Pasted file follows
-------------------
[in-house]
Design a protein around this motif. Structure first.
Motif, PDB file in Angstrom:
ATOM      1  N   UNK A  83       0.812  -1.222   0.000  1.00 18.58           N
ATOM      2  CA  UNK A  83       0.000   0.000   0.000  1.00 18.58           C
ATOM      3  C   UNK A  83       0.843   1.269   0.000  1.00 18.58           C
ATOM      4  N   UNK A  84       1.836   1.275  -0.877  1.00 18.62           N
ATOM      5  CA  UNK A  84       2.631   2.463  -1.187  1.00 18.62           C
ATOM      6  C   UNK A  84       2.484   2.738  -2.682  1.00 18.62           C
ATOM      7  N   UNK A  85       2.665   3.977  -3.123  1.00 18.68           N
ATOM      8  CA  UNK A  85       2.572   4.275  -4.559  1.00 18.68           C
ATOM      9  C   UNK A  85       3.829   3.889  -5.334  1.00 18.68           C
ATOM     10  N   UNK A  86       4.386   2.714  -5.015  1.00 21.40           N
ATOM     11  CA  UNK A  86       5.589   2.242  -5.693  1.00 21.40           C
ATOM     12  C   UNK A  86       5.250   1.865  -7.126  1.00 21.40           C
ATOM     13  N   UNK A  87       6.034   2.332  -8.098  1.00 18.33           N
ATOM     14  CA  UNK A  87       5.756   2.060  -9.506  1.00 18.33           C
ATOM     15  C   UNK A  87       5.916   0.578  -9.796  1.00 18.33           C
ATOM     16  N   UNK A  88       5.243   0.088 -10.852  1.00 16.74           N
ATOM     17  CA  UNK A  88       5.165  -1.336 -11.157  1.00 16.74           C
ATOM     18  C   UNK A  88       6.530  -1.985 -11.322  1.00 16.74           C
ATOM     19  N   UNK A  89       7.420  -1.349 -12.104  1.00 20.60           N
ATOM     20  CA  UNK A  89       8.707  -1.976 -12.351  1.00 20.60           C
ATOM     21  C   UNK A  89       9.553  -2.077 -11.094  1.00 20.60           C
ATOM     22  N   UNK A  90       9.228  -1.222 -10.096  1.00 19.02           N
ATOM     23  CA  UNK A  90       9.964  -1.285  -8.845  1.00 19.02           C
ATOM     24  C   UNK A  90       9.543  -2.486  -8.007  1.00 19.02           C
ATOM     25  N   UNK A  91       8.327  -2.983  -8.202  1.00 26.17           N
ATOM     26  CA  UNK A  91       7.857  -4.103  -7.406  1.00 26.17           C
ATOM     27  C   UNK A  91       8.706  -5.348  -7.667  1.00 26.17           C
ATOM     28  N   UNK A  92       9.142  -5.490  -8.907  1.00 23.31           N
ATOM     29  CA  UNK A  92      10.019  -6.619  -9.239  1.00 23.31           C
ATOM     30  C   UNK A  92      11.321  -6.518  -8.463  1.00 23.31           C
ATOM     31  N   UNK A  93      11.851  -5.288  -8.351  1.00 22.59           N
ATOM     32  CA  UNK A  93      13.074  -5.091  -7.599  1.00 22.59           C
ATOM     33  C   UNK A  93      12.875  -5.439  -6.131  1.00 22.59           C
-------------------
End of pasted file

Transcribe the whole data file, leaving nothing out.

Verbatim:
[in-house]
Design a protein around this motif. Structure first.
Motif, PDB file in Angstrom:
ATOM      1  N   UNK A  83       0.812  -1.222   0.000  1.00 18.58           N
ATOM      2  CA  UNK A  83       0.000   0.000   0.000  1.00 18.58           C
ATOM      3  C   UNK A  83       0.843   1.269   0.000  1.00 18.58           C
ATOM      4  N   UNK A  84       1.836   1.275  -0.877  1.00 18.62           N
ATOM      5  CA  UNK A  84       2.631   2.463  -1.187  1.00 18.62           C
ATOM      6  C   UNK A  84       2.484   2.738  -2.682  1.00 18.62           C
ATOM      7  N   UNK A  85       2.665   3.977  -3.123  1.00 18.68           N
ATOM      8  CA  UNK A  85       2.572   4.275  -4.559  1.00 18.68           C
ATOM      9  C   UNK A  85       3.829   3.889  -5.334  1.00 18.68           C
ATOM     10  N   UNK A  86       4.386   2.714  -5.015  1.00 21.40           N
ATOM     11  CA  UNK A  86       5.589   2.242  -5.693  1.00 21.40           C
ATOM     12  C   UNK A  86       5.250   1.865  -7.126  1.00 21.40           C
ATOM     13  N   UNK A  87       6.034   2.332  -8.098  1.00 18.33           N
ATOM     14  CA  UNK A  87       5.756   2.060  -9.506  1.00 18.33           C
ATOM     15  C   UNK A  87       5.916   0.578  -9.796  1.00 18.33           C
ATOM     16  N   UNK A  88       5.243   0.088 -10.852  1.00 16.74           N
ATOM     17  CA  UNK A  88       5.165  -1.336 -11.157  1.00 16.74           C
ATOM     18  C   UNK A  88       6.530  -1.985 -11.322  1.00 16.74           C
ATOM     19  N   UNK A  89       7.420  -1.349 -12.104  1.00 20.60           N
ATOM     20  CA  UNK A  89       8.707  -1.976 -12.351  1.00 20.60           C
ATOM     21  C   UNK A  89       9.553  -2.077 -11.094  1.00 20.60           C
ATOM     22  N   UNK A  90       9.228  -1.222 -10.096  1.00 19.02           N
ATOM     23  CA  UNK A  90       9.964  -1.285  -8.845  1.00 19.02           C
ATOM     24  C   UNK A  90       9.543  -2.486  -8.007  1.00 19.02           C
ATOM     25  N   UNK A  91       8.327  -2.983  -8.202  1.00 26.17           N
ATOM     26  CA  UNK A  91       7.857  -4.103  -7.406  1.00 26.17           C
ATOM     27  C   UNK A  91       8.706  -5.348  -7.667  1.00 26.17           C
ATOM     28  N   UNK A  92       9.142  -5.490  -8.907  1.00 23.31           N
ATOM     29  CA  UNK A  92      10.019  -6.619  -9.239  1.00 23.31           C
ATOM     30  C   UNK A  92      11.321  -6.518  -8.463  1.00 23.31           C
ATOM     31  N   UNK A  93      11.851  -5.288  -8.351  1.00 22.59           N
ATOM     32  CA  UNK A  93      13.074  -5.091  -7.599  1.00 22.59           C
ATOM     33  C   UNK A  93      12.875  -5.439  -6.131  1.00 22.59           C